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Posts with tag Blackrock-Depths

WoW Archivist: The classic Molten Core experience

Lucifron
WoW Archivist explores the secrets of World of Warcraft's past. What did the game look like years ago? Who is etched into WoW's history? What secrets does the game still hold?

Are you ready to return to the Core? Last week, we learned that Blizzard is planning a 40-player LFR version of classic's Molten Core raid as part of WoW's 10th anniversary celebration. Regardless of what they have in mind, the experience is certain to be very different than it was back in 2005.

Sure, you've probably solo'ed MC or cleared it with a few friends. But what was a Molten Core run like during classic WoW, when conquering Ragnaros and his fiery lieutenants was the pinnacle of endgame content? Read on to find out.

Zoning in

To access Molten Core at release, raids had to fight their way through the 5-player Blackrock Depths dungeon in order to access the raid. Today that would be impossible, but originally, dungeons had the same 40-player cap as raids.

Those poor, poor fools in BRD didn't stand a chance with three dozen+ players carving their way through. Since clearing it offered nothing but a timesink, Blizzard changed the Molten Core discovery quest into an attunement in March 2005. You had to reach the entrance of Molten Core once, and then you could port there directly by jumping out of a small window in Blackrock Mountain.

The game sometimes failed to register the instance transfer and you plummeted into a vast lake of lava. Yes, Molten Core could kill you before you even set foot in it.

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Filed under: WoW Archivist

About the Bloggers: Scott Andrews

Blessing from the village elder
About the Bloggers introduces you to the people behind WoW Insider. You can find articles on more of our staffers in earlier About the Bloggers profiles.
What do you do for WoW Insider?

I contribute the WoW Archivist features and other articles. Recently I interviewed several Blizzard developers at PAX East 2014. For seven years, I also wrote Officers' Quarters, an advice column for officers and guild leaders.

If you have an idea for an Archivist feature that you'd like to see, please let me know! Keep in mind that the topic has to be meaty enough for 2000 words. That's almost double the length of this post.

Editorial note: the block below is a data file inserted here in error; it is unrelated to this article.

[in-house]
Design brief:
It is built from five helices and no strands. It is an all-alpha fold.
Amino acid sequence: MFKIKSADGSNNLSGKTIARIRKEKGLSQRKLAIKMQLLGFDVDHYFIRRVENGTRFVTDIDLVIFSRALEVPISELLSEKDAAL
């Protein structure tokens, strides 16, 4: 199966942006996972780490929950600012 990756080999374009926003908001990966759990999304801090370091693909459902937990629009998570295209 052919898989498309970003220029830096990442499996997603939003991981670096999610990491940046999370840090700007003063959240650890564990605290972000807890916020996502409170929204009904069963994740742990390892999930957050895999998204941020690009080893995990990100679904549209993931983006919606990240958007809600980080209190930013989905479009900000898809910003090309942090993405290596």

How did you get started at WoW Insider?

When WoW Insider put out a call for contributors in 2007, I pitched the Officers' Quarters column. Since almost no one was writing about guild leadership back then, the editors loved the idea. I'm sure the master's degree in writing didn't hurt, either.

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Filed under: About the Bloggers

WoW Archivist: Tier 0.5 and the birth of modern dungeons

Bokk
WoW Archivist explores the secrets of World of Warcraft's past. What did the game look like years ago? Who is etched into WoW's history? What secrets does the game still hold?

For a long time in classic WoW, nonraiders felt neglected. Dungeons were the only endgame PvE option for nonraiders. Back then, dungeons didn't have a 5-player limit. They could be "raided," even though they weren't considered raids. Blizzard added new raiding content on a regular basis, but the developers didn't release new dungeons after adding Dire Maul in patch 1.3, four months after the game's release.

Until the launch of The Burning Crusade in early 2007, nonraiders ran the same dungeons for almost two years.

Amidst a storm of complaints, Blizzard said they wanted to offer additional content for nonraiders. In patch 1.10, Blizzard delivered a new endgame quest line using existing dungeons. Comprised of 29 steps in all, this was one of the game's most elaborate -- and most punishing -- quest lines ever.

Blizzard called it the "high-level armor set" quest line. Players called it Tier 0.5. To create it, Blizzard had to reimagine what WoW's dungeons should be.

This quest line was removed, like many others, when Deathwing brought the Cataclysm. Let's walk through what once was, and explore how it gave rise to the modern dungeons we tackle today.

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Filed under: WoW Archivist

And the dungeons keep on shrinking

I've run the new Scarlet Monastery dungeons on the beta several times now. They're fun, well-designed, interesting dungeons. They are a bit jarring if you're familiar with the current Scarlet Monastery, however. The current four dungeons have been cut down to two, and it's been achieved by removing a lot of the long hallways full of trash pulls we're familiar with now. The Armory section of the new dungeon almost feels abrupt if you (like me) ran SM over and over again in the olden days of WoW.